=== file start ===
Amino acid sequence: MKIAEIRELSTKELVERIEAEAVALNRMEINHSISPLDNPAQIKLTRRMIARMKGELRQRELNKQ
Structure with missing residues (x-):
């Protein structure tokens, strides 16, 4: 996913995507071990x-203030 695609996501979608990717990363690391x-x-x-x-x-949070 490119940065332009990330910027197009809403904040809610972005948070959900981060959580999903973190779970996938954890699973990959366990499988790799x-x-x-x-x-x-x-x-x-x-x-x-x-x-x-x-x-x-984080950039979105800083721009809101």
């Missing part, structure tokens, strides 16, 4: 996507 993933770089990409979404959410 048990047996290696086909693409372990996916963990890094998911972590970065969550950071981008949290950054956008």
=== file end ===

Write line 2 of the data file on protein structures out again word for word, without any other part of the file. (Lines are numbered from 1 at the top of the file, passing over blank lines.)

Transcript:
Structure with missing residues (x-):